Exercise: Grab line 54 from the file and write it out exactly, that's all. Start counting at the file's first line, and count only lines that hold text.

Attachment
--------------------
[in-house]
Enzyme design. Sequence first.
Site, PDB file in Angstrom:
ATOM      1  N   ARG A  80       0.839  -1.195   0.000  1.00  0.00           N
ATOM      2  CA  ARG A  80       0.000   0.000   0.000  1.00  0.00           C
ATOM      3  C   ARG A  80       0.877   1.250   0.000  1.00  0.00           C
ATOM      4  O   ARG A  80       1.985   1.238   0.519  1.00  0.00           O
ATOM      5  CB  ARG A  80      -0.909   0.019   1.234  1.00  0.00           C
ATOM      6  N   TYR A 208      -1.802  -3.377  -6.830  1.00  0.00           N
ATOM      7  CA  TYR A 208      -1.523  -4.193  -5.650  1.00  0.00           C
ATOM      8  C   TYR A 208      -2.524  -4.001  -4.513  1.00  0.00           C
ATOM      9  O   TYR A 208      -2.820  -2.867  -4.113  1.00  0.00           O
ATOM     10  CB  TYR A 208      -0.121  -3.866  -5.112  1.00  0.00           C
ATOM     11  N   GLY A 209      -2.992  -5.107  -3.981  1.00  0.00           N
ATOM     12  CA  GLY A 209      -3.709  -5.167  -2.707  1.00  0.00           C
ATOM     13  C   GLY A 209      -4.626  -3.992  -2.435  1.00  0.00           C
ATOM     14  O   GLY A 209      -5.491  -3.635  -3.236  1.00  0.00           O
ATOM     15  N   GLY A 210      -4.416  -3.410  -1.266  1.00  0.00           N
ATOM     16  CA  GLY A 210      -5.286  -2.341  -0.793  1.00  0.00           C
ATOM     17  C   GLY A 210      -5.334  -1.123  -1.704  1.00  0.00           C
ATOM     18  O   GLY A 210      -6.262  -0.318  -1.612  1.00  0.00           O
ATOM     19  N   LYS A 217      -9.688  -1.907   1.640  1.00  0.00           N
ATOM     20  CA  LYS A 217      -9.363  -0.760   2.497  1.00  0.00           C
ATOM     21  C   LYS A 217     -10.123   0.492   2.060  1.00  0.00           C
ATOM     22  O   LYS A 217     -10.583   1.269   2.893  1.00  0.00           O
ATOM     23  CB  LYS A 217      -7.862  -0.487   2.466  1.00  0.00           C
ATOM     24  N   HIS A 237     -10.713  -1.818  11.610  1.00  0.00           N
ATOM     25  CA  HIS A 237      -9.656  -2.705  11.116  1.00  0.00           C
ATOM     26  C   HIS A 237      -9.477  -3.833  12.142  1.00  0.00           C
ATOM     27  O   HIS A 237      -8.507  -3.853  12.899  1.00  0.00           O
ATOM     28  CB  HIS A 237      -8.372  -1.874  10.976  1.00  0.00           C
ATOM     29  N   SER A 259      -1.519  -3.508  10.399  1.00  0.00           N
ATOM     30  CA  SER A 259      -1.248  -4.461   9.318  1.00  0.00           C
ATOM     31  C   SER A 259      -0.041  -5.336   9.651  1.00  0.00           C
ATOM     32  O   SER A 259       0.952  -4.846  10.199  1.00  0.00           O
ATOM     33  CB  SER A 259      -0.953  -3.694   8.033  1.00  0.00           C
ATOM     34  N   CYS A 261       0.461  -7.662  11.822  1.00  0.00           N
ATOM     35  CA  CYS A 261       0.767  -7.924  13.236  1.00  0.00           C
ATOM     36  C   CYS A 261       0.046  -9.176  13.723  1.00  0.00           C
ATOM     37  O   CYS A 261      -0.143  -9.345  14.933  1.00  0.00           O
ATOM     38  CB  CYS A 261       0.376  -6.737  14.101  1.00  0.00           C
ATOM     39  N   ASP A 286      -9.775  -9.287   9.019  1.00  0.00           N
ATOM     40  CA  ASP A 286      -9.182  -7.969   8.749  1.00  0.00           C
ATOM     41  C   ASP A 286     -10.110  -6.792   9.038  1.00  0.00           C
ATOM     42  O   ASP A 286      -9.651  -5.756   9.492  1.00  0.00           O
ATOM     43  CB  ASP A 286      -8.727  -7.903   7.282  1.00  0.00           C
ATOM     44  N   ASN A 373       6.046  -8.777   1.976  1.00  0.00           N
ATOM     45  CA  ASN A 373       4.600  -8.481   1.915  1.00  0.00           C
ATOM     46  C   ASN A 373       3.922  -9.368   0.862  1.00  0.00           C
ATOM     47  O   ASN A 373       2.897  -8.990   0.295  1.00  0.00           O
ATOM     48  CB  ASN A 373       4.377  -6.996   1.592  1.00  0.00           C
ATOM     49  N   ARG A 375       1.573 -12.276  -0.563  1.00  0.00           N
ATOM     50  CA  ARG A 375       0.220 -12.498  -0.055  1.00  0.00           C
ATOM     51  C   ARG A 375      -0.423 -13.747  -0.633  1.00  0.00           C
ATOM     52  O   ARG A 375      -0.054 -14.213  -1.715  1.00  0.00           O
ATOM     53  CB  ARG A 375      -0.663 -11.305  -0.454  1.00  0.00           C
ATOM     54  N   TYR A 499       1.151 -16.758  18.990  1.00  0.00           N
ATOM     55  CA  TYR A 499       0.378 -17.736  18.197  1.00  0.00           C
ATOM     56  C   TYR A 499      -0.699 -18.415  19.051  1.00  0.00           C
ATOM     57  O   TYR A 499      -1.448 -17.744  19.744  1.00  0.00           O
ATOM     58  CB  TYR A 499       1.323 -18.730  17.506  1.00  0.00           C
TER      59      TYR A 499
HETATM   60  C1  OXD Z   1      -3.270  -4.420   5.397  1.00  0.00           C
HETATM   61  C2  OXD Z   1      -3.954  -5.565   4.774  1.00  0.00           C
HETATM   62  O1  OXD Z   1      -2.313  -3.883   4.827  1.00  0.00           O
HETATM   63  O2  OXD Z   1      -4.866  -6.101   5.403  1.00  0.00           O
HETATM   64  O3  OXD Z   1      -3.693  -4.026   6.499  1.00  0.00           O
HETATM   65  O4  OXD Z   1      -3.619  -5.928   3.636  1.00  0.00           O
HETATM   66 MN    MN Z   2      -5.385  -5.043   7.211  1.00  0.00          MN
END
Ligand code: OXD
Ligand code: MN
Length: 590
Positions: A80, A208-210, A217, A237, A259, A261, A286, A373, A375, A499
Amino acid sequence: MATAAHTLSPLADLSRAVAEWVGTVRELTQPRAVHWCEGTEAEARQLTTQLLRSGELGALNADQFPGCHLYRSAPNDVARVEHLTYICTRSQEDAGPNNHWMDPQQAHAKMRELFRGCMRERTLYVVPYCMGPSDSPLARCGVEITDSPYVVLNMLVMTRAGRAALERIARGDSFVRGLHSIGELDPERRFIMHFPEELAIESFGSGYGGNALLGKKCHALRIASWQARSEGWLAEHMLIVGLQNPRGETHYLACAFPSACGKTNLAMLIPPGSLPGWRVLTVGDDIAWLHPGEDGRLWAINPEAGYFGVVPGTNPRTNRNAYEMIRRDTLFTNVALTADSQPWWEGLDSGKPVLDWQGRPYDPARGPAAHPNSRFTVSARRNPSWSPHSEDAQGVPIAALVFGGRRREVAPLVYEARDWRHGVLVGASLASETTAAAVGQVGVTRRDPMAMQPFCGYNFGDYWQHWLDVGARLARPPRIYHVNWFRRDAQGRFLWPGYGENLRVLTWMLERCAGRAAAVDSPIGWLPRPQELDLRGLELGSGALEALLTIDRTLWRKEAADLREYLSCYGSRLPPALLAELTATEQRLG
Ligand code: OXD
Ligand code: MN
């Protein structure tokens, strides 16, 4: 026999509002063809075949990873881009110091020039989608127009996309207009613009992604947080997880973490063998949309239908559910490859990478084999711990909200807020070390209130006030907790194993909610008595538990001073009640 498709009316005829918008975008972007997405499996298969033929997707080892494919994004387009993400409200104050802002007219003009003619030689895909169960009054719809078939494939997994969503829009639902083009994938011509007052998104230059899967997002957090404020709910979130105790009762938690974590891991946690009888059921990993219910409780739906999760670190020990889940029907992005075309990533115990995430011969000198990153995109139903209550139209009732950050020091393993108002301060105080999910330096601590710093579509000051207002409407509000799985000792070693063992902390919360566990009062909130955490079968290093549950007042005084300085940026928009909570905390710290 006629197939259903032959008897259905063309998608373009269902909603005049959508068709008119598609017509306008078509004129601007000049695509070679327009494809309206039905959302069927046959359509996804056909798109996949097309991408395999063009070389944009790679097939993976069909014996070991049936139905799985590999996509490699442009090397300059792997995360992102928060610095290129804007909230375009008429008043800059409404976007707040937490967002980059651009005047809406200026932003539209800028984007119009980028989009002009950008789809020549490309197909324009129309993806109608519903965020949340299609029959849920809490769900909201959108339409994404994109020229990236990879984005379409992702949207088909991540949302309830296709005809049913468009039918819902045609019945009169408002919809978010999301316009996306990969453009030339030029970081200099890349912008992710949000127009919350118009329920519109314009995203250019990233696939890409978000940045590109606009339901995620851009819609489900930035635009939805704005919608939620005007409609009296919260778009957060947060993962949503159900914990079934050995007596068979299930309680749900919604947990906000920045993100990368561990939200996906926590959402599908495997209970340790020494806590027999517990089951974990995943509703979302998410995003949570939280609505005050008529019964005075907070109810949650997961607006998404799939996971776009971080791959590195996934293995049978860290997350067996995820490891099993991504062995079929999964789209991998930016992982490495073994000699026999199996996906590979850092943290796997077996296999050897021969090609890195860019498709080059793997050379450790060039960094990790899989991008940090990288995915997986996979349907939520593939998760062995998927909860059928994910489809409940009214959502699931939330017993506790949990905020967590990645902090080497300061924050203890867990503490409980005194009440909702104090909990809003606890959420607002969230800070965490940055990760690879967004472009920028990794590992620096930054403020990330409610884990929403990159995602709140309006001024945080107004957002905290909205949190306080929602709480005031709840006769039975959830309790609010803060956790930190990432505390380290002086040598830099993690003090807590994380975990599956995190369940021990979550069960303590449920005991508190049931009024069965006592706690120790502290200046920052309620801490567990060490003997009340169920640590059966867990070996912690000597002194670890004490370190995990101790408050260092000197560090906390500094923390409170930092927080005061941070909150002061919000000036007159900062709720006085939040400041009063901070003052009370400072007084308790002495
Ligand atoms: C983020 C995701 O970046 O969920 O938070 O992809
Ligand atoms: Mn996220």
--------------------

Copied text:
ATOM     51  C   ARG A 375      -0.423 -13.747  -0.633  1.00  0.00           C